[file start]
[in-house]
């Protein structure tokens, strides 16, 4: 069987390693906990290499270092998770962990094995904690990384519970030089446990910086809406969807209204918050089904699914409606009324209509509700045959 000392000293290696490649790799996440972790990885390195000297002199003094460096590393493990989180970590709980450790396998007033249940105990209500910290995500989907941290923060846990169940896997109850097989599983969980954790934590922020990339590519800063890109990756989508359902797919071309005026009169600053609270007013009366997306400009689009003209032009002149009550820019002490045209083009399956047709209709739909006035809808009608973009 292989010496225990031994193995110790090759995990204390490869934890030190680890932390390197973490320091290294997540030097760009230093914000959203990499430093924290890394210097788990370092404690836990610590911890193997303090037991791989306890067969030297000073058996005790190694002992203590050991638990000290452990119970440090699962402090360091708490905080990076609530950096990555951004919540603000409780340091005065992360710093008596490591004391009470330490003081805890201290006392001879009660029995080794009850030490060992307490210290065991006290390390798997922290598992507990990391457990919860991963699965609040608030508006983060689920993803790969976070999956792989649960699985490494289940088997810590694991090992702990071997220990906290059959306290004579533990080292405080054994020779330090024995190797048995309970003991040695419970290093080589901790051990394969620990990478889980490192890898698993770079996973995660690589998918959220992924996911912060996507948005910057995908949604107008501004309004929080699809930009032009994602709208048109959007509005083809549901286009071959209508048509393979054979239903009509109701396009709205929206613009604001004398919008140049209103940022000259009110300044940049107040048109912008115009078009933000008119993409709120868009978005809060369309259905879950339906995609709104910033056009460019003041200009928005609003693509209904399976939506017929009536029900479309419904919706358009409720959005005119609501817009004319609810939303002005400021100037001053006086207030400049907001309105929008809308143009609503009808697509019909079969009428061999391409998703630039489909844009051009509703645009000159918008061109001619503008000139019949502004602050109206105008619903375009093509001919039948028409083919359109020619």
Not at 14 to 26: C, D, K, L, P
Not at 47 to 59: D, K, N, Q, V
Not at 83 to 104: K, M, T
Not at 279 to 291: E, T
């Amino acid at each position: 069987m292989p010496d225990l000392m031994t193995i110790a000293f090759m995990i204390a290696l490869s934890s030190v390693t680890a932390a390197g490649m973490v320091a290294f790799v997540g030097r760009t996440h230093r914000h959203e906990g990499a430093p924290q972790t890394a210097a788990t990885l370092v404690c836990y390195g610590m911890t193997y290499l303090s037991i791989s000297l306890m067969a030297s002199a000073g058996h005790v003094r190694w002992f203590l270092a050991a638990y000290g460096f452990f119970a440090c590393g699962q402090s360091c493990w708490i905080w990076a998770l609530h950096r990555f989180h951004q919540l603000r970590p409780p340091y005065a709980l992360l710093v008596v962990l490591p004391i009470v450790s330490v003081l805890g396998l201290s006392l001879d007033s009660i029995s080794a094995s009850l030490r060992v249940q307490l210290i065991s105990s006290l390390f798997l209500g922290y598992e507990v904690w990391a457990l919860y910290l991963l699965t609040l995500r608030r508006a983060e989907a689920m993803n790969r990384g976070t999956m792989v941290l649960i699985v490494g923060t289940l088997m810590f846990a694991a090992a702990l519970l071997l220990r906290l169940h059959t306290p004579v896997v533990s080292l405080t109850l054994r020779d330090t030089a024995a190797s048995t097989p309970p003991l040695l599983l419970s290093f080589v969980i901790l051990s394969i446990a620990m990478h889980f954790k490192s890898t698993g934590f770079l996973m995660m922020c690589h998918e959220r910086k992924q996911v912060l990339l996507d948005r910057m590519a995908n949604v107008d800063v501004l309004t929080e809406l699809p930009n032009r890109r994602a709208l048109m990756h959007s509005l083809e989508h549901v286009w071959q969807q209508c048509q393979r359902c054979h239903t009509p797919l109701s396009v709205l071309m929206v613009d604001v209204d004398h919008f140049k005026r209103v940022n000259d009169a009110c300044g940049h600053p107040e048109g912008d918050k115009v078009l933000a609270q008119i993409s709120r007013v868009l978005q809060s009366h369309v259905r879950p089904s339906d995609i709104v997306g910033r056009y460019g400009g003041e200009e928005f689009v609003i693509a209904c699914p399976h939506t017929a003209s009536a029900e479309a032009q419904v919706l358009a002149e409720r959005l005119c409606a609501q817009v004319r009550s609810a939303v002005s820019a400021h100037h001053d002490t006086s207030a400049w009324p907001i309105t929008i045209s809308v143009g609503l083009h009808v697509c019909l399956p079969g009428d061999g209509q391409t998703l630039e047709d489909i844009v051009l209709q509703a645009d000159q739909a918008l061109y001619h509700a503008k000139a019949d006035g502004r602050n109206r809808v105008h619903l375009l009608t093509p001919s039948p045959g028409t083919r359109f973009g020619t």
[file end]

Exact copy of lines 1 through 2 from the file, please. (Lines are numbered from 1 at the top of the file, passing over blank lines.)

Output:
[in-house]
């Protein structure tokens, strides 16, 4: 069987390693906990290499270092998770962990094995904690990384519970030089446990910086809406969807209204918050089904699914409606009324209509509700045959 000392000293290696490649790799996440972790990885390195000297002199003094460096590393493990989180970590709980450790396998007033249940105990209500910290995500989907941290923060846990169940896997109850097989599983969980954790934590922020990339590519800063890109990756989508359902797919071309005026009169600053609270007013009366997306400009689009003209032009002149009550820019002490045209083009399956047709209709739909006035809808009608973009 292989010496225990031994193995110790090759995990204390490869934890030190680890932390390197973490320091290294997540030097760009230093914000959203990499430093924290890394210097788990370092404690836990610590911890193997303090037991791989306890067969030297000073058996005790190694002992203590050991638990000290452990119970440090699962402090360091708490905080990076609530950096990555951004919540603000409780340091005065992360710093008596490591004391009470330490003081805890201290006392001879009660029995080794009850030490060992307490210290065991006290390390798997922290598992507990990391457990919860991963699965609040608030508006983060689920993803790969976070999956792989649960699985490494289940088997810590694991090992702990071997220990906290059959306290004579533990080292405080054994020779330090024995190797048995309970003991040695419970290093080589901790051990394969620990990478889980490192890898698993770079996973995660690589998918959220992924996911912060996507948005910057995908949604107008501004309004929080699809930009032009994602709208048109959007509005083809549901286009071959209508048509393979054979239903009509109701396009709205929206613009604001004398919008140049209103940022000259009110300044940049107040048109912008115009078009933000008119993409709120868009978005809060369309259905879950339906995609709104910033056009460019003041200009928005609003693509209904399976939506017929009536029900479309419904919706358009409720959005005119609501817009004319609810939303002005400021100037001053006086207030400049907001309105929008809308143009609503009808697509019909079969009428061999391409998703630039489909844009051009509703645009000159918008061109001619503008000139019949502004602050109206105008619903375009093509001919039948028409083919359109020619």